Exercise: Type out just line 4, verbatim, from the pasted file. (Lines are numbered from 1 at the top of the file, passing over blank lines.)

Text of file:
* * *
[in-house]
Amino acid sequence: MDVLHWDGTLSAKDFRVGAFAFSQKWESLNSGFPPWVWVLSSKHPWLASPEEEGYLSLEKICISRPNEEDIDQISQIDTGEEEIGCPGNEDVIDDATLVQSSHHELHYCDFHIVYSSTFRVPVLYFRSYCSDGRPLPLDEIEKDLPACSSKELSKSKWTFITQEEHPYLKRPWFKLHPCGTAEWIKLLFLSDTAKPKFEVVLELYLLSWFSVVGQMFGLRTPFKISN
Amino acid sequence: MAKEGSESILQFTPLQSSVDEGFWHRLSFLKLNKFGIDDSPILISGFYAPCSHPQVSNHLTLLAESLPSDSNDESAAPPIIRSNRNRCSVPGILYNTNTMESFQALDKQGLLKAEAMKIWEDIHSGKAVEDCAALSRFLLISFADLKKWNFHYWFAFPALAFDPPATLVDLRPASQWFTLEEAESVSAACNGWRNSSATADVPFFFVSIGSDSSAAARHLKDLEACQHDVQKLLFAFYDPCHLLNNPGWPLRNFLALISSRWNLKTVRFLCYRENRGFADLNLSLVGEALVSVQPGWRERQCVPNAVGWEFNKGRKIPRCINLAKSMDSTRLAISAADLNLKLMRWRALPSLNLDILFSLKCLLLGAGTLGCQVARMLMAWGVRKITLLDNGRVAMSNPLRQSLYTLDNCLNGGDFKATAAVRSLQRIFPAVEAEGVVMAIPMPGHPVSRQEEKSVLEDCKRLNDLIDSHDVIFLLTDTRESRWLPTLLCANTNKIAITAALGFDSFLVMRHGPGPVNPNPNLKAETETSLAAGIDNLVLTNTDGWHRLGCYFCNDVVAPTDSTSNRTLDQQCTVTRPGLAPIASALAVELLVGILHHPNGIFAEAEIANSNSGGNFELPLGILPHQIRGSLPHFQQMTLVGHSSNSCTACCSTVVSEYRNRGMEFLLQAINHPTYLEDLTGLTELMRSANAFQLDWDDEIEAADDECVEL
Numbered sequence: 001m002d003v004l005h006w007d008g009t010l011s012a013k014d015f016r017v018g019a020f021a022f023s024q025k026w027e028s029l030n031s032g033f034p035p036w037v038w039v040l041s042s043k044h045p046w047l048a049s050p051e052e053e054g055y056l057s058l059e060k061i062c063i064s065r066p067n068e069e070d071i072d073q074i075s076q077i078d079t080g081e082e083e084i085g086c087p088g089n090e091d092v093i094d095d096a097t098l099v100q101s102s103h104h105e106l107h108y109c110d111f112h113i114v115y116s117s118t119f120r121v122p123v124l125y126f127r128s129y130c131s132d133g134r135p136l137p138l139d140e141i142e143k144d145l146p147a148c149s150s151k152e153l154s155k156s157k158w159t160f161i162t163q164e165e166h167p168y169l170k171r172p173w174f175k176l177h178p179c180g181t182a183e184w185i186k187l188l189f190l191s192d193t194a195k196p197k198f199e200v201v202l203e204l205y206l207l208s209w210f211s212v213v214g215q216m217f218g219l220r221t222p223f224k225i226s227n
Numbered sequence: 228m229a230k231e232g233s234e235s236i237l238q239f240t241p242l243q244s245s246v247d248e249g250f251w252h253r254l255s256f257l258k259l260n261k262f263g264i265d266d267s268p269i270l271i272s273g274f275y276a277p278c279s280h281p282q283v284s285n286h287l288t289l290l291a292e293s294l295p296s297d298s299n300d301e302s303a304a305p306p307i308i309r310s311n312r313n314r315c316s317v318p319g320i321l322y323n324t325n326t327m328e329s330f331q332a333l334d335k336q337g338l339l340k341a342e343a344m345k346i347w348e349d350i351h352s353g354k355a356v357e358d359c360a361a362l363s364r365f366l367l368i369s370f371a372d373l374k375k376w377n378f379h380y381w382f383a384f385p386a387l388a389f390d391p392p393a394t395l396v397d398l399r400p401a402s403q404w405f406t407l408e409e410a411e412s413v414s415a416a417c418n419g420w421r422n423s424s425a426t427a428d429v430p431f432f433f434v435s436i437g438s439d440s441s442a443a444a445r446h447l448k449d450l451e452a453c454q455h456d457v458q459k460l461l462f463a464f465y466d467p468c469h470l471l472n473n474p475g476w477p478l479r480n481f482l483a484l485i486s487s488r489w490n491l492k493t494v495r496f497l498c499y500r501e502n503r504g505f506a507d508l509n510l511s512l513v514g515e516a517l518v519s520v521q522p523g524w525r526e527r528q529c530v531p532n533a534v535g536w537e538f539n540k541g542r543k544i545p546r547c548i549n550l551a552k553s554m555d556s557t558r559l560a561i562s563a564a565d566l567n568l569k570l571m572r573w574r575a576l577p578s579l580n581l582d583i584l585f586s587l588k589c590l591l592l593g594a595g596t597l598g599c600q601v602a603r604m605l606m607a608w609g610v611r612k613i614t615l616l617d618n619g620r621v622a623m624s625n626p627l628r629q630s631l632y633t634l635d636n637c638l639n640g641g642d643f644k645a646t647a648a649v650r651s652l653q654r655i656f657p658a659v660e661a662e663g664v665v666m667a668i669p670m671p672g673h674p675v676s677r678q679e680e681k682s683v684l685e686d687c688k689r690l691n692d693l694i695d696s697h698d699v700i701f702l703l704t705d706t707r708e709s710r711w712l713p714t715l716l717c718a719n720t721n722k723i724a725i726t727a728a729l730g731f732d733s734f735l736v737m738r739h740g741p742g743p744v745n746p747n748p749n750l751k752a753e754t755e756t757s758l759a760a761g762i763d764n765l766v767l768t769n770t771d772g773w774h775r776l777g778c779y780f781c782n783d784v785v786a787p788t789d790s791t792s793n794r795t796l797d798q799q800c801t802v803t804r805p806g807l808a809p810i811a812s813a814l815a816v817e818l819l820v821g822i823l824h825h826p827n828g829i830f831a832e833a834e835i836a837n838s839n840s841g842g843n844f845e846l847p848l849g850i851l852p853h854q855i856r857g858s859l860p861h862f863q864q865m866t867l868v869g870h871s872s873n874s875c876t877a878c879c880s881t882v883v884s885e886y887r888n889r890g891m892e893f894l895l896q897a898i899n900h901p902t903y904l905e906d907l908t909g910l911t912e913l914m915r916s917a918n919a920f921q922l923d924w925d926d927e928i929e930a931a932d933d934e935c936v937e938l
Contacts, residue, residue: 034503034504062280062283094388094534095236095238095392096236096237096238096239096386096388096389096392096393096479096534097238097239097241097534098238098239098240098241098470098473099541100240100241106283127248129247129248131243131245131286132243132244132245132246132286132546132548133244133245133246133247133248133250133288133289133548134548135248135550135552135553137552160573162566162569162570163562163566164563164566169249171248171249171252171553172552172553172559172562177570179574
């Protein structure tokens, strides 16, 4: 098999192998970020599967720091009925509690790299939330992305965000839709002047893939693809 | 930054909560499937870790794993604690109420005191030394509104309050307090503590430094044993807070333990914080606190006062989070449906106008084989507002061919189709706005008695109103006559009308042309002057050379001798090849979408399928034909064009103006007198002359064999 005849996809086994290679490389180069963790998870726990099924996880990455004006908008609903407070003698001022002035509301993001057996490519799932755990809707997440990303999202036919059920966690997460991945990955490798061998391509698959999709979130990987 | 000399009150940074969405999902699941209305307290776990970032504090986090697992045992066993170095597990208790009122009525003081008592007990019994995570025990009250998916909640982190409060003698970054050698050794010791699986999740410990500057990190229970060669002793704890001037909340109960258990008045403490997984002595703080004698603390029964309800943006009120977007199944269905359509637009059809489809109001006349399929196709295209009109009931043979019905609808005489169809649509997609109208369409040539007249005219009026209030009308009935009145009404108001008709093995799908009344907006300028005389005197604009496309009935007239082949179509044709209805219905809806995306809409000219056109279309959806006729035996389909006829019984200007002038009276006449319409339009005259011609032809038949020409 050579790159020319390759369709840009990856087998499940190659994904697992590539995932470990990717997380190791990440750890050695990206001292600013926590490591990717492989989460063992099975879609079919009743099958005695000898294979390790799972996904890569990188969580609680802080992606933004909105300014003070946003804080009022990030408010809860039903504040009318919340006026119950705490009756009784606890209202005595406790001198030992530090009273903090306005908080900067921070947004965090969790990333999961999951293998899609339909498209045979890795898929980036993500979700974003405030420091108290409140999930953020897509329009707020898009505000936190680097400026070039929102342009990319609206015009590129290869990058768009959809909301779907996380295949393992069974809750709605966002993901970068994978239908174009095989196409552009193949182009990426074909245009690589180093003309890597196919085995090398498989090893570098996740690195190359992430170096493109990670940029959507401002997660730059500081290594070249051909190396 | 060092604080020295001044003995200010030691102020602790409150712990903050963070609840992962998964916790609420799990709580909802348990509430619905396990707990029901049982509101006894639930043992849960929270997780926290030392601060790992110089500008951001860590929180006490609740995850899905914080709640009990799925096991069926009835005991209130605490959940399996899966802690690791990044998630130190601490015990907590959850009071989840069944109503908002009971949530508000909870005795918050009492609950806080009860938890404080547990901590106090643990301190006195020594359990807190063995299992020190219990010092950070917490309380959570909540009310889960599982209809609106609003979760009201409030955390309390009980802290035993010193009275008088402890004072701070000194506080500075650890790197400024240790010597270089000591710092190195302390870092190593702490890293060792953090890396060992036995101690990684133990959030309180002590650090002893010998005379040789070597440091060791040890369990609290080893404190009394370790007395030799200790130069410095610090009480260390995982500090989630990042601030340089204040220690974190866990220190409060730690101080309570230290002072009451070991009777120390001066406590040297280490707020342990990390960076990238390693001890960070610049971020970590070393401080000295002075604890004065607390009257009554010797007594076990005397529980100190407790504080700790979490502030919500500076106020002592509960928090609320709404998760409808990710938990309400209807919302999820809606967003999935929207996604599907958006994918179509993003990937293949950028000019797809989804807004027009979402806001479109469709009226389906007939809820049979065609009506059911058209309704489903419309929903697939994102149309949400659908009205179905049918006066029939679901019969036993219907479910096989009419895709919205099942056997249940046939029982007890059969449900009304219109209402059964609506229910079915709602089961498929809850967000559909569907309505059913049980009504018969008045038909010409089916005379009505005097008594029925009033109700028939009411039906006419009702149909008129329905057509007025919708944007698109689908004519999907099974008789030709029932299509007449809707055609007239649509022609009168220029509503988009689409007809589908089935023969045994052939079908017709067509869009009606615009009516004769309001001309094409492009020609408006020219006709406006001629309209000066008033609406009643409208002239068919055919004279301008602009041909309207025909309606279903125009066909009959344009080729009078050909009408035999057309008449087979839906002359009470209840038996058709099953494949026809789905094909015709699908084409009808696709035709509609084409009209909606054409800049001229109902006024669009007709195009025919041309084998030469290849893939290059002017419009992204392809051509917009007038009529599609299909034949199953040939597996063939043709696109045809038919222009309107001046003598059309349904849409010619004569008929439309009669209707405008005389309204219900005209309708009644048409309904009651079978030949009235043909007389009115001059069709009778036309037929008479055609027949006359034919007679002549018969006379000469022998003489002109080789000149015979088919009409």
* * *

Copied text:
Numbered sequence: 001m002d003v004l005h006w007d008g009t010l011s012a013k014d015f016r017v018g019a020f021a022f023s024q025k026w027e028s029l030n031s032g033f034p035p036w037v038w039v040l041s042s043k044h045p046w047l048a049s050p051e052e053e054g055y056l057s058l059e060k061i062c063i064s065r066p067n068e069e070d071i072d073q074i075s076q077i078d079t080g081e082e083e084i085g086c087p088g089n090e091d092v093i094d095d096a097t098l099v100q101s102s103h104h105e106l107h108y109c110d111f112h113i114v115y116s117s118t119f120r121v122p123v124l125y126f127r128s129y130c131s132d133g134r135p136l137p138l139d140e141i142e143k144d145l146p147a148c149s150s151k152e153l154s155k156s157k158w159t160f161i162t163q164e165e166h167p168y169l170k171r172p173w174f175k176l177h178p179c180g181t182a183e184w185i186k187l188l189f190l191s192d193t194a195k196p197k198f199e200v201v202l203e204l205y206l207l208s209w210f211s212v213v214g215q216m217f218g219l220r221t222p223f224k225i226s227n